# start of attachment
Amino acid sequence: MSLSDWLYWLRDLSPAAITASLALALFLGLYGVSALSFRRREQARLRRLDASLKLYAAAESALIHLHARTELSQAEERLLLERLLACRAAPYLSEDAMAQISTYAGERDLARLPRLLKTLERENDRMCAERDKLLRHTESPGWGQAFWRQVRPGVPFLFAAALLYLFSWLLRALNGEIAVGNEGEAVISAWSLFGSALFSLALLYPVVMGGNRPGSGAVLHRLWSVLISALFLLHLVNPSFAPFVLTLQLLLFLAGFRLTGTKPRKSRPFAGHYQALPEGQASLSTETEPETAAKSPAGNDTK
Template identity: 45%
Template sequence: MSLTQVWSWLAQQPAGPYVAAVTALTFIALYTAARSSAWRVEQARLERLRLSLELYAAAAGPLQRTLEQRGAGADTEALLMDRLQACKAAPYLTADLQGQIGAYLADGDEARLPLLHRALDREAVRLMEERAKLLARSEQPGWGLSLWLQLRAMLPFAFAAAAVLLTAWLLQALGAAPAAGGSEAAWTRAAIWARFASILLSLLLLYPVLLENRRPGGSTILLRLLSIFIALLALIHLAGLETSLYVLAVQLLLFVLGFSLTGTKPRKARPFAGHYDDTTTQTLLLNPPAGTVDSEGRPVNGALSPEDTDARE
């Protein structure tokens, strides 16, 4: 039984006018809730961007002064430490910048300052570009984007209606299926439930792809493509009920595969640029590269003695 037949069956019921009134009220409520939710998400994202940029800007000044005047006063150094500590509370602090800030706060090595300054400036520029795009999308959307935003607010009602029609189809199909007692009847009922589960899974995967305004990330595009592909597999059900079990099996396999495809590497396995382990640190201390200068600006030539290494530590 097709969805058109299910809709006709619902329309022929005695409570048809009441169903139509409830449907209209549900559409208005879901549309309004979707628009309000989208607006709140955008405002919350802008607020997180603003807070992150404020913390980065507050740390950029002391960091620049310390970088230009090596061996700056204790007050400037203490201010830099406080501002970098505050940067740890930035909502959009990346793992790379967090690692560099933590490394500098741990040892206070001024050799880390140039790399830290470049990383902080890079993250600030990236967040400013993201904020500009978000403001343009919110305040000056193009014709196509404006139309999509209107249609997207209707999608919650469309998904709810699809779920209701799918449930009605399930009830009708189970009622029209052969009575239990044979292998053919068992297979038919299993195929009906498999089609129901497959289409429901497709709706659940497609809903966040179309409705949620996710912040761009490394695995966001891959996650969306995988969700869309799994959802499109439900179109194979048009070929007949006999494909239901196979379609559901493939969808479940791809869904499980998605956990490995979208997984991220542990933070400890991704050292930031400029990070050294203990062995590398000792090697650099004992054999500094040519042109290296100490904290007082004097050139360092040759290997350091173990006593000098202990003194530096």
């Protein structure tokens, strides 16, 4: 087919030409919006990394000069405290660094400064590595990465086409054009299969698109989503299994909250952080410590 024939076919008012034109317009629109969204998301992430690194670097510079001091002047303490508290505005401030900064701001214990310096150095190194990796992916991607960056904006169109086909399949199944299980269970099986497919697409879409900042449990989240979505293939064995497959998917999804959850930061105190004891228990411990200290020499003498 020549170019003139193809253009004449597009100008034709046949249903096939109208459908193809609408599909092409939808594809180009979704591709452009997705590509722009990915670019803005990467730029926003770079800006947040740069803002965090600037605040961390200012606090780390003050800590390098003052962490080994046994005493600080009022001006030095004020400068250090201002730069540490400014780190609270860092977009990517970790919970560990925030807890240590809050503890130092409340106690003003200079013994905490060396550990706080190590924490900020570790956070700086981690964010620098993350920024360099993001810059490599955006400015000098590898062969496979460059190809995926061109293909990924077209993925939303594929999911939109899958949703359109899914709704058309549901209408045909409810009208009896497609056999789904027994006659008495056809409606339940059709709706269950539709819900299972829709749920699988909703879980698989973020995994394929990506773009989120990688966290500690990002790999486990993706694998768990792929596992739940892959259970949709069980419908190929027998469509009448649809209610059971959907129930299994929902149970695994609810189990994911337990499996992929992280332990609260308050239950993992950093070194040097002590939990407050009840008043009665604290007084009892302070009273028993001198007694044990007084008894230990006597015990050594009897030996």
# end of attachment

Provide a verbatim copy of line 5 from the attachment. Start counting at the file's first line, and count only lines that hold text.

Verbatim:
């Protein structure tokens, strides 16, 4: 087919030409919006990394000069405290660094400064590595990465086409054009299969698109989503299994909250952080410590 024939076919008012034109317009629109969204998301992430690194670097510079001091002047303490508290505005401030900064701001214990310096150095190194990796992916991607960056904006169109086909399949199944299980269970099986497919697409879409900042449990989240979505293939064995497959998917999804959850930061105190004891228990411990200290020499003498 020549170019003139193809253009004449597009100008034709046949249903096939109208459908193809609408599909092409939808594809180009979704591709452009997705590509722009990915670019803005990467730029926003770079800006947040740069803002965090600037605040961390200012606090780390003050800590390098003052962490080994046994005493600080009022001006030095004020400068250090201002730069540490400014780190609270860092977009990517970790919970560990925030807890240590809050503890130092409340106690003003200079013994905490060396550990706080190590924490900020570790956070700086981690964010620098993350920024360099993001810059490599955006400015000098590898062969496979460059190809995926061109293909990924077209993925939303594929999911939109899958949703359109899914709704058309549901209408045909409810009208009896497609056999789904027994006659008495056809409606339940059709709706269950539709819900299972829709749920699988909703879980698989973020995994394929990506773009989120990688966290500690990002790999486990993706694998768990792929596992739940892959259970949709069980419908190929027998469509009448649809209610059971959907129930299994929902149970695994609810189990994911337990499996992929992280332990609260308050239950993992950093070194040097002590939990407050009840008043009665604290007084009892302070009273028993001198007694044990007084008894230990006597015990050594009897030996």